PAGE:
With layoffs and other staff cutbacks continuing, the unemployment rate has been persistently stuck near 10%. If former employees decide to sue, they’ll find themselves competing for lawyers to represent them. Many won’t find help, because attorneys are being very selective about the cases they take, wanting to cherry-pick only the most likely winners.
You’d think that would mean less litigation. But the opposite is true. Increasingly, those former employees simply file their own lawsuits. And judges give them every possible break since they aren’t expected to know the tricks of the legal trade.
Recent case: Jacqueline Maisonet took over a male co-worker’s duties when he was promoted, but she didn’t get more money or his fancy title.
She filed an EEOC complaint in which she decried what she considered a poor workplace atmosphere. For example, she said one supervisor responded to her pay complaints with a snide comment indicating women don’t belong in supervisory roles because, after all, “it’s calledfor a reason.”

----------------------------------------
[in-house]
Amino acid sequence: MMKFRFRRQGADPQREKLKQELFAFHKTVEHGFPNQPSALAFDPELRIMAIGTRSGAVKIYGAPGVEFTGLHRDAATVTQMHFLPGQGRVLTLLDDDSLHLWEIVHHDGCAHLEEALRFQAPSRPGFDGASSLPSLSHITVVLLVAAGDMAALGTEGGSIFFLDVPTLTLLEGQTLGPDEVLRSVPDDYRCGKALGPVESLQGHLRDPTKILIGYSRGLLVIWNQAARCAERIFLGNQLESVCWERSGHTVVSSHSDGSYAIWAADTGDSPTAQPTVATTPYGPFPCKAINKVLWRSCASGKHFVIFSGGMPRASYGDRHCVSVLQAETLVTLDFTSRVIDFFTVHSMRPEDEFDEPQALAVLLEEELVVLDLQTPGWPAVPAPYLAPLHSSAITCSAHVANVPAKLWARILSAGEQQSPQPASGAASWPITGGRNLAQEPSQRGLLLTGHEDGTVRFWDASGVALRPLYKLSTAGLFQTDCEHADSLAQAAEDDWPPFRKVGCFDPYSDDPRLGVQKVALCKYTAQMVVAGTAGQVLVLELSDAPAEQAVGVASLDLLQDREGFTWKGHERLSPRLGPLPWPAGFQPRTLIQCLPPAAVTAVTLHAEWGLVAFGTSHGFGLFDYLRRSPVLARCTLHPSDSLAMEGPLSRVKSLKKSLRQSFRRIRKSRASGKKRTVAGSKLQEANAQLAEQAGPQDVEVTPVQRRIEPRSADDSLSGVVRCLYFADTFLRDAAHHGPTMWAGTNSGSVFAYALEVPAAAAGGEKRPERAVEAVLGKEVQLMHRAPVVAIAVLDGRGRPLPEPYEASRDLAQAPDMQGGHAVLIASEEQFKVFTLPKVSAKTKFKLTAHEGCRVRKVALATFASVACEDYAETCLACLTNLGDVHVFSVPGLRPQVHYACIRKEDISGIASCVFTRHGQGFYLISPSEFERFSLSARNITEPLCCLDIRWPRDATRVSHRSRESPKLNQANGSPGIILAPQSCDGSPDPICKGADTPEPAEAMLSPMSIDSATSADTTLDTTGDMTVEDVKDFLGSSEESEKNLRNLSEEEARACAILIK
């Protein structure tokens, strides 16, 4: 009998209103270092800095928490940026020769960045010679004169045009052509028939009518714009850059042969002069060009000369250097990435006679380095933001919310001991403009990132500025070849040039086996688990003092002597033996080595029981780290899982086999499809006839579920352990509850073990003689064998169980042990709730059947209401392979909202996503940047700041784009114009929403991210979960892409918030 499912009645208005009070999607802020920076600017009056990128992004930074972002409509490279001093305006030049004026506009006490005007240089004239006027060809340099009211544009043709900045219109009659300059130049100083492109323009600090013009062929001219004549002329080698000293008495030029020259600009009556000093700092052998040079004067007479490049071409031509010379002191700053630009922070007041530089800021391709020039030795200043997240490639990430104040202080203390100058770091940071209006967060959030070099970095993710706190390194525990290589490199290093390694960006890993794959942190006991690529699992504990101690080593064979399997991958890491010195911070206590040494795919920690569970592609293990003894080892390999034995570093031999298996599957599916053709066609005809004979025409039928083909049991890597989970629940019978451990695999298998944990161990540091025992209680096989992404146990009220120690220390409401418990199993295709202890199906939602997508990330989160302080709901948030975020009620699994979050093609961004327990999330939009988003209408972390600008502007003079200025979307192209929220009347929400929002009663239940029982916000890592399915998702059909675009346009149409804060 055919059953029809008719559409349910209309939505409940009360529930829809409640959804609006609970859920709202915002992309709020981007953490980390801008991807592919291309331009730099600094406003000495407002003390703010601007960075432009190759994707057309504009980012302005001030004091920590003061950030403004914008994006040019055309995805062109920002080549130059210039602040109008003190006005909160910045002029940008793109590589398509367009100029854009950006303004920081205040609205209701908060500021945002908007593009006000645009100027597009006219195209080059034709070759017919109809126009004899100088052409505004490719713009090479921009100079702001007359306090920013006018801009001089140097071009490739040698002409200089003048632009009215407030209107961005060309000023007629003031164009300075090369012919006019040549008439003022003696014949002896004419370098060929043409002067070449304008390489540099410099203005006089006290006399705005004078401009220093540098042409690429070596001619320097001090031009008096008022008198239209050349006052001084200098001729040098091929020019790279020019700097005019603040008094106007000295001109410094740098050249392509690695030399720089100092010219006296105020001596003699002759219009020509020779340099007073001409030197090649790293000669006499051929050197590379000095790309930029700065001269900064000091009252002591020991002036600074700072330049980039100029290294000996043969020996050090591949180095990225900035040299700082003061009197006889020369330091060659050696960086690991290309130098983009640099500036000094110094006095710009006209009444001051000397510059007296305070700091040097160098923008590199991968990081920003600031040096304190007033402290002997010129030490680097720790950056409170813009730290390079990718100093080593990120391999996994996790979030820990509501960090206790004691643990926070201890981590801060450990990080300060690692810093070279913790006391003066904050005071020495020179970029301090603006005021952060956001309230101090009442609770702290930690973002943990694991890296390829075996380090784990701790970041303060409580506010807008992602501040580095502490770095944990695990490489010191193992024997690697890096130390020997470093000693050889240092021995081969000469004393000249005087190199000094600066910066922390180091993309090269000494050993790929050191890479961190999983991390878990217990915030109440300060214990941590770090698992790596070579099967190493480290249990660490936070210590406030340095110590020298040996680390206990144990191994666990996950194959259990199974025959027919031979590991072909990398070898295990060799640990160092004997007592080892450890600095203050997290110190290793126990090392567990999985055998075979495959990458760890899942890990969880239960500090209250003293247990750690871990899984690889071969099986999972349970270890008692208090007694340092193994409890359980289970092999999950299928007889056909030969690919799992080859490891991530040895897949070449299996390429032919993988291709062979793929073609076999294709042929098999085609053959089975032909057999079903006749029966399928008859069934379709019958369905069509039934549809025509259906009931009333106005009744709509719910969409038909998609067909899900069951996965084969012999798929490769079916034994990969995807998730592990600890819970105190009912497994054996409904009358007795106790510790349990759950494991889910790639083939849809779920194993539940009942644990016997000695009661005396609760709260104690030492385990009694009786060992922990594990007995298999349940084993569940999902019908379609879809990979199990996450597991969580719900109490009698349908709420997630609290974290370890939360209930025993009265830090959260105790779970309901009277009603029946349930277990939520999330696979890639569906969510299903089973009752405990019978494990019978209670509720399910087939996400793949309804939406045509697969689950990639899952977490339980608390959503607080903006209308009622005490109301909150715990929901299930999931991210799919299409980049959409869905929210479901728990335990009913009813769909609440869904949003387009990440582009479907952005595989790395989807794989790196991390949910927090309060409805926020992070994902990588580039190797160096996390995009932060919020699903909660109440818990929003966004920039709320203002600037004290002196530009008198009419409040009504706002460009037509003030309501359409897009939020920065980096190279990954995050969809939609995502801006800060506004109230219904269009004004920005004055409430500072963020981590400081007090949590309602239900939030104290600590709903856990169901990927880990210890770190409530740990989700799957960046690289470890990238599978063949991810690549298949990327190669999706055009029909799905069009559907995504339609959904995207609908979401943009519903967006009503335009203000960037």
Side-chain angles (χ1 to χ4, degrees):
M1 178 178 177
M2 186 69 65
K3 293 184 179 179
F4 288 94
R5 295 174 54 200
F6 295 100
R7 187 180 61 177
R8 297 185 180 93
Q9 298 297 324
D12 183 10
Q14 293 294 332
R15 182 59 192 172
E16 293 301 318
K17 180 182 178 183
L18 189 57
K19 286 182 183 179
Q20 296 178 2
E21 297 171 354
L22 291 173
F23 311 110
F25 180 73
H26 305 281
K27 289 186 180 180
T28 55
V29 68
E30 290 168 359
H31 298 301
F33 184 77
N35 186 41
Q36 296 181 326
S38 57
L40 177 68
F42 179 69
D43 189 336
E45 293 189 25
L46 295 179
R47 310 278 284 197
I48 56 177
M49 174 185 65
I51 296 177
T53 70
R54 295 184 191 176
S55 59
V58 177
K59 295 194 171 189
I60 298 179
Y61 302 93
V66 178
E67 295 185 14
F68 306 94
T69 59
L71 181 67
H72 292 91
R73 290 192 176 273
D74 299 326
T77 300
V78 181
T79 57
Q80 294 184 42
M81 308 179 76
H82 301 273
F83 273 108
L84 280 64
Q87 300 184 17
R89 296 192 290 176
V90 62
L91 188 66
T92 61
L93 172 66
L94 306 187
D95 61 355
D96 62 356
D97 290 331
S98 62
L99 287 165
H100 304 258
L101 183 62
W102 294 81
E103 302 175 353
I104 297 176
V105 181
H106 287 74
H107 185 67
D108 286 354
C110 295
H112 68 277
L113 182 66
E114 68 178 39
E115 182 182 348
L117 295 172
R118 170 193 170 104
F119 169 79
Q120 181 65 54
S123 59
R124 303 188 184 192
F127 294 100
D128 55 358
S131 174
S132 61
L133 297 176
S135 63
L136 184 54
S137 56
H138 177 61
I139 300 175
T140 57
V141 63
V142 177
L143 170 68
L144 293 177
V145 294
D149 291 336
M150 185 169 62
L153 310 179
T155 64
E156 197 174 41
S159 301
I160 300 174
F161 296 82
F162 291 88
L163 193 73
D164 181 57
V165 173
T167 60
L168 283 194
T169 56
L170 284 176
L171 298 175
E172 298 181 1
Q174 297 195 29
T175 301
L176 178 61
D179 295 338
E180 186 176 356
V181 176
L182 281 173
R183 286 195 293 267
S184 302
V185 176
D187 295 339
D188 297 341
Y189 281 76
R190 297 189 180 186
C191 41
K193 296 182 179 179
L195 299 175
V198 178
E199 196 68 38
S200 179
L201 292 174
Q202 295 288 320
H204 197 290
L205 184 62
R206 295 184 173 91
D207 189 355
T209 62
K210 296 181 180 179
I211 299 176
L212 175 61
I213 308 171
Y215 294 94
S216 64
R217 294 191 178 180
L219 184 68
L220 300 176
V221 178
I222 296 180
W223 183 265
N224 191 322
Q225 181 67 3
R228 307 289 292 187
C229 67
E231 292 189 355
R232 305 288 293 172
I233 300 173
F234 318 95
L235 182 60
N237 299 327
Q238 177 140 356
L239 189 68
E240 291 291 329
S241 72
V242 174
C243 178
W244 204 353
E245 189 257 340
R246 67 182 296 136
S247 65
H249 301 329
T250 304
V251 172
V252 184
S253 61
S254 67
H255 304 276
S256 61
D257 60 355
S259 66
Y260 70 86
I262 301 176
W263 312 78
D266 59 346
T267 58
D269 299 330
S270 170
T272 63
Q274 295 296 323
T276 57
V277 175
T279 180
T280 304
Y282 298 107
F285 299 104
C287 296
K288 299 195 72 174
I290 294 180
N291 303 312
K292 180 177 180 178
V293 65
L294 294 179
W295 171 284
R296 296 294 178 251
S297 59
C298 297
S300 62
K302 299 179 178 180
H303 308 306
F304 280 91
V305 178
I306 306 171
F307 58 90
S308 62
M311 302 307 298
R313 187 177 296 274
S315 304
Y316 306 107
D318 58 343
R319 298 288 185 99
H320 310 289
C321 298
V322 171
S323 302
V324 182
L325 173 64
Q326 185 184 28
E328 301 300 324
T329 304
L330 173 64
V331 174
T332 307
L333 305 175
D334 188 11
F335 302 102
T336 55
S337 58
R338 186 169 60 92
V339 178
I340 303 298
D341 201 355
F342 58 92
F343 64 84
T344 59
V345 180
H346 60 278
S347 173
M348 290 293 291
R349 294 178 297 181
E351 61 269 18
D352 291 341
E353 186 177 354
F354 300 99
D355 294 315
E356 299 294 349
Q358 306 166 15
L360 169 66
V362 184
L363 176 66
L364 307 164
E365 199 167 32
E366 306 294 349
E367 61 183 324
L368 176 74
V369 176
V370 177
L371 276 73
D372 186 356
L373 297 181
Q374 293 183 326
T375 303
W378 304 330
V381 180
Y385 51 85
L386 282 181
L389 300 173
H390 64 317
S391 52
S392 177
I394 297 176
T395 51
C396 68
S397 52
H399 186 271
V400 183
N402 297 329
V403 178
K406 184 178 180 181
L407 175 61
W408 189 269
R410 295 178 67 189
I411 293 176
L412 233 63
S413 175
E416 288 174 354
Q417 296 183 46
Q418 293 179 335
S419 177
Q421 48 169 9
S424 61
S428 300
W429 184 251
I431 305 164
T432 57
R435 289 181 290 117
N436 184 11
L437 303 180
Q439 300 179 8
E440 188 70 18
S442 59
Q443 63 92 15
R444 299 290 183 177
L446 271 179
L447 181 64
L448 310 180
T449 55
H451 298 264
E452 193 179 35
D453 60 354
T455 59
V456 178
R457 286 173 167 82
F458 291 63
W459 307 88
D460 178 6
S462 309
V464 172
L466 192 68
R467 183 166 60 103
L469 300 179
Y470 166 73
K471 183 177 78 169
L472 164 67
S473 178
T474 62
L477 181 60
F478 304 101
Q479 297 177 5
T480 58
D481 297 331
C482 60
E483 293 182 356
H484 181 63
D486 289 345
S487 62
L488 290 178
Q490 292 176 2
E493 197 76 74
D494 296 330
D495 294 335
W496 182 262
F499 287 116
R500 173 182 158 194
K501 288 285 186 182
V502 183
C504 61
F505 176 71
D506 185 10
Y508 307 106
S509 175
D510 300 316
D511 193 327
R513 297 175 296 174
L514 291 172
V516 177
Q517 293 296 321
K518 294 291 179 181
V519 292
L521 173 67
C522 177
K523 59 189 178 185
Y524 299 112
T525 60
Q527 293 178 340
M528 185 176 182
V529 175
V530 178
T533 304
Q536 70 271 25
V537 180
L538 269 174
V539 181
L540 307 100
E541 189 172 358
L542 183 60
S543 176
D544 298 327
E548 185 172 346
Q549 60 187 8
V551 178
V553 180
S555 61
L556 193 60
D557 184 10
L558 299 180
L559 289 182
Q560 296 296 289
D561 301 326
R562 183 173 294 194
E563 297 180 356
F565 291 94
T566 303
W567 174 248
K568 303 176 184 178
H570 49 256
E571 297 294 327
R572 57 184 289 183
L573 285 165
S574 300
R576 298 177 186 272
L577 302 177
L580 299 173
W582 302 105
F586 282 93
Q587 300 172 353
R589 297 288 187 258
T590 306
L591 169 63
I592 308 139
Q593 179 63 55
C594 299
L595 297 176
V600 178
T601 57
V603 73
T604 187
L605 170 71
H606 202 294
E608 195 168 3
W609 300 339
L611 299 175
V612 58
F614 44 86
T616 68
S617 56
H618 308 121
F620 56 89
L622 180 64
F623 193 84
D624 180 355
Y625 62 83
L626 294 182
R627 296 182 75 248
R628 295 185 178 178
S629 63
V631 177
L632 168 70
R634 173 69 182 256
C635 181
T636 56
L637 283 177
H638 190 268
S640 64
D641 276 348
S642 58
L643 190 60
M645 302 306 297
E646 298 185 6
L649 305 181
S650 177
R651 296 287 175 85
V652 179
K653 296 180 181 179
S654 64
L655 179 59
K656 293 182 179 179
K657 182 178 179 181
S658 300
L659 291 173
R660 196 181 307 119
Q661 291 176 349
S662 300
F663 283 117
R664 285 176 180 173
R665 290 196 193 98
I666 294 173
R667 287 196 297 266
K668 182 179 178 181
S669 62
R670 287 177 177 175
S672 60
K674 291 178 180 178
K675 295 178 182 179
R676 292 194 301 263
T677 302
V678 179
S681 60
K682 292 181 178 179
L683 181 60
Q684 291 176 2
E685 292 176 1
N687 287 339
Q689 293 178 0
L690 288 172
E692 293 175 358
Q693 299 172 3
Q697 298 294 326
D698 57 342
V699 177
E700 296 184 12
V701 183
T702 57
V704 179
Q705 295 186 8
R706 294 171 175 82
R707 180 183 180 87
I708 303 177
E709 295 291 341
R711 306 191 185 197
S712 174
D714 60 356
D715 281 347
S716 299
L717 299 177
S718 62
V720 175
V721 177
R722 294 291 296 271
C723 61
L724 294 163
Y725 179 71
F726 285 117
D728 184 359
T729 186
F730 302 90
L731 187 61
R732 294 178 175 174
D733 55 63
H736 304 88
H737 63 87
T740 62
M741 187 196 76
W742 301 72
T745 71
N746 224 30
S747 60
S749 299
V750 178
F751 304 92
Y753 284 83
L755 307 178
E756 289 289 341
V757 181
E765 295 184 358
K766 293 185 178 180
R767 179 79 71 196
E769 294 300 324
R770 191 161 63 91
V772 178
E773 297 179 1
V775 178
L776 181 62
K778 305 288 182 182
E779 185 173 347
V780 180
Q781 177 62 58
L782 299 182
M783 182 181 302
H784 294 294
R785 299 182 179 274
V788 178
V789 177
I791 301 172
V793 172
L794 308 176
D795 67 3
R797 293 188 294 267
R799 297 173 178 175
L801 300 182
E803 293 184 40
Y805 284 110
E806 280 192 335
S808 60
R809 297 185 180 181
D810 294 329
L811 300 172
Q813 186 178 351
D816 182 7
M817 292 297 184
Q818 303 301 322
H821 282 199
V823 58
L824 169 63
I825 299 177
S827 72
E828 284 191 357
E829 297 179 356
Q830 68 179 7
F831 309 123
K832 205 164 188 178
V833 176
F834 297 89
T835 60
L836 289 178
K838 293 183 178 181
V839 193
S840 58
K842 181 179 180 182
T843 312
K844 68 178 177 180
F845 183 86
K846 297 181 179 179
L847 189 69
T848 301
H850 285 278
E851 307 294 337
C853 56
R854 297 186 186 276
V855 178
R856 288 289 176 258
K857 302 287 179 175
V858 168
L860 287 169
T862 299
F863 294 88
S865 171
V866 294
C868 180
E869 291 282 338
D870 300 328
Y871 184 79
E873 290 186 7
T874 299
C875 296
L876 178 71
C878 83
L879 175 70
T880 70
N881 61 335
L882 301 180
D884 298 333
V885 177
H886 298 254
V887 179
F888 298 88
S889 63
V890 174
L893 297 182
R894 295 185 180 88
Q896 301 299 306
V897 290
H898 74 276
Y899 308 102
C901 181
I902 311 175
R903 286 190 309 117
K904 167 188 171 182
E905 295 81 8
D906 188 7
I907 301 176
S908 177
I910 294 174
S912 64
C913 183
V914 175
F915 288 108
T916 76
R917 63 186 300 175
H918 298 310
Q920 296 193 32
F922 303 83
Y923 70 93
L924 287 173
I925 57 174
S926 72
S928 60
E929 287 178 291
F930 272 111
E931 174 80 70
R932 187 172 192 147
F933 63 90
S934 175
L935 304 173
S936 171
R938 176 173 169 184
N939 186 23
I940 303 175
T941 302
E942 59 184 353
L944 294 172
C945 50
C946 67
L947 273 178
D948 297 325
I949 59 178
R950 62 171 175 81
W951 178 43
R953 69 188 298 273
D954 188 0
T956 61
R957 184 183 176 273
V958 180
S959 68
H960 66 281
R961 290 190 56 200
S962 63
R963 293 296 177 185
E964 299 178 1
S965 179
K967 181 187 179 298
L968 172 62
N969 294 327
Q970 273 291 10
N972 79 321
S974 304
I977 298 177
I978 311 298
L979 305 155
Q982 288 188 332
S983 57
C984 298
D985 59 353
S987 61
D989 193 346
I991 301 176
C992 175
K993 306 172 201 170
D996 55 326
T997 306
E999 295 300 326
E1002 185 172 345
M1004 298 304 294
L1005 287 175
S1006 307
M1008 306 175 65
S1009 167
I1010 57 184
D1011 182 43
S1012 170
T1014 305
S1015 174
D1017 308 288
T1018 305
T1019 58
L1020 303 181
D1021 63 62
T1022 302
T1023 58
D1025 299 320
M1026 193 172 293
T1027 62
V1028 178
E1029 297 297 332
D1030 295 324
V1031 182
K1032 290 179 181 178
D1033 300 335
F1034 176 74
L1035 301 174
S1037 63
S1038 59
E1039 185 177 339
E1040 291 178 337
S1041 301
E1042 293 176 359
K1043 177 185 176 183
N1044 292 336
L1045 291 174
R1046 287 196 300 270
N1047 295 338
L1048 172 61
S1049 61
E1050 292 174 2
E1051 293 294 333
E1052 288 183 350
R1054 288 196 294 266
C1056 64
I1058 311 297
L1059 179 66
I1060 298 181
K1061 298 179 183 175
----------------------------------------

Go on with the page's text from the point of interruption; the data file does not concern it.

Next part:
Maisonet’s EEOC complaint didn’t specify that she was charging her employer with failure to promote. She got her right-to-sue letter and finally got legal help at a law school clinic. Law students added the promotion claim, but her employer asked the court to toss it out because she omitted it earlier.
Ordinarily, if an EEOC complaint doesn’t include a specific discrimination claim, the employee loses the right to bring that claim. In this case, the judge let it slide. He reasoned that her employer should have understood she was blaming discrimination for her failure to be promoted when she began performing her new job duties. It also said she couldn’t be expected to understand the law. (Maisonet v. Duraco, No. 09-CV-6320, ND IL, 2010)